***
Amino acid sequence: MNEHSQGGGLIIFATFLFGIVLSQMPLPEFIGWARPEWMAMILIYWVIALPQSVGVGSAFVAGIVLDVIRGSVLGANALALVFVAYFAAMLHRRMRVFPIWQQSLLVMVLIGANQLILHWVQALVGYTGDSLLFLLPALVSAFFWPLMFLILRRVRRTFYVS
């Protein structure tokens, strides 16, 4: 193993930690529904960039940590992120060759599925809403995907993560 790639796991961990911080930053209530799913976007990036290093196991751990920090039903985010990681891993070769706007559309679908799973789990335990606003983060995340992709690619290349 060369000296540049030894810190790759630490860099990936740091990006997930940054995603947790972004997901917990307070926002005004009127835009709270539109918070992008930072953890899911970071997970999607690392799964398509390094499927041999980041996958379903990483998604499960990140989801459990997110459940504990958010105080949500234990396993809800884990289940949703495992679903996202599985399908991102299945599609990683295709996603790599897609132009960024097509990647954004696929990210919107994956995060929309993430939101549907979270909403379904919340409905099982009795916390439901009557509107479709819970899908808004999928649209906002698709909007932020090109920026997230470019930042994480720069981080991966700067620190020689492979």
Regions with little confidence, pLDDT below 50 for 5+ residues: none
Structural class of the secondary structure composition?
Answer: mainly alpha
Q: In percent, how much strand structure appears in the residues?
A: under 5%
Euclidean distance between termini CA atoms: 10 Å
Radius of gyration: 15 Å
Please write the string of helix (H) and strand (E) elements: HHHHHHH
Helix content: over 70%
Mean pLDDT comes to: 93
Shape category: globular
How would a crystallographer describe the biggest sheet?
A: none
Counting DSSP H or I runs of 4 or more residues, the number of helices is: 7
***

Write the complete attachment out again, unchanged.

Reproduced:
Amino acid sequence: MNEHSQGGGLIIFATFLFGIVLSQMPLPEFIGWARPEWMAMILIYWVIALPQSVGVGSAFVAGIVLDVIRGSVLGANALALVFVAYFAAMLHRRMRVFPIWQQSLLVMVLIGANQLILHWVQALVGYTGDSLLFLLPALVSAFFWPLMFLILRRVRRTFYVS
């Protein structure tokens, strides 16, 4: 193993930690529904960039940590992120060759599925809403995907993560 790639796991961990911080930053209530799913976007990036290093196991751990920090039903985010990681891993070769706007559309679908799973789990335990606003983060995340992709690619290349 060369000296540049030894810190790759630490860099990936740091990006997930940054995603947790972004997901917990307070926002005004009127835009709270539109918070992008930072953890899911970071997970999607690392799964398509390094499927041999980041996958379903990483998604499960990140989801459990997110459940504990958010105080949500234990396993809800884990289940949703495992679903996202599985399908991102299945599609990683295709996603790599897609132009960024097509990647954004696929990210919107994956995060929309993430939101549907979270909403379904919340409905099982009795916390439901009557509107479709819970899908808004999928649209906002698709909007932020090109920026997230470019930042994480720069981080991966700067620190020689492979």
Regions with little confidence, pLDDT below 50 for 5+ residues: none
Structural class of the secondary structure composition?
Answer: mainly alpha
Q: In percent, how much strand structure appears in the residues?
A: under 5%
Euclidean distance between termini CA atoms: 10 Å
Radius of gyration: 15 Å
Please write the string of helix (H) and strand (E) elements: HHHHHHH
Helix content: over 70%
Mean pLDDT comes to: 93
Shape category: globular
How would a crystallographer describe the biggest sheet?
A: none
Counting DSSP H or I runs of 4 or more residues, the number of helices is: 7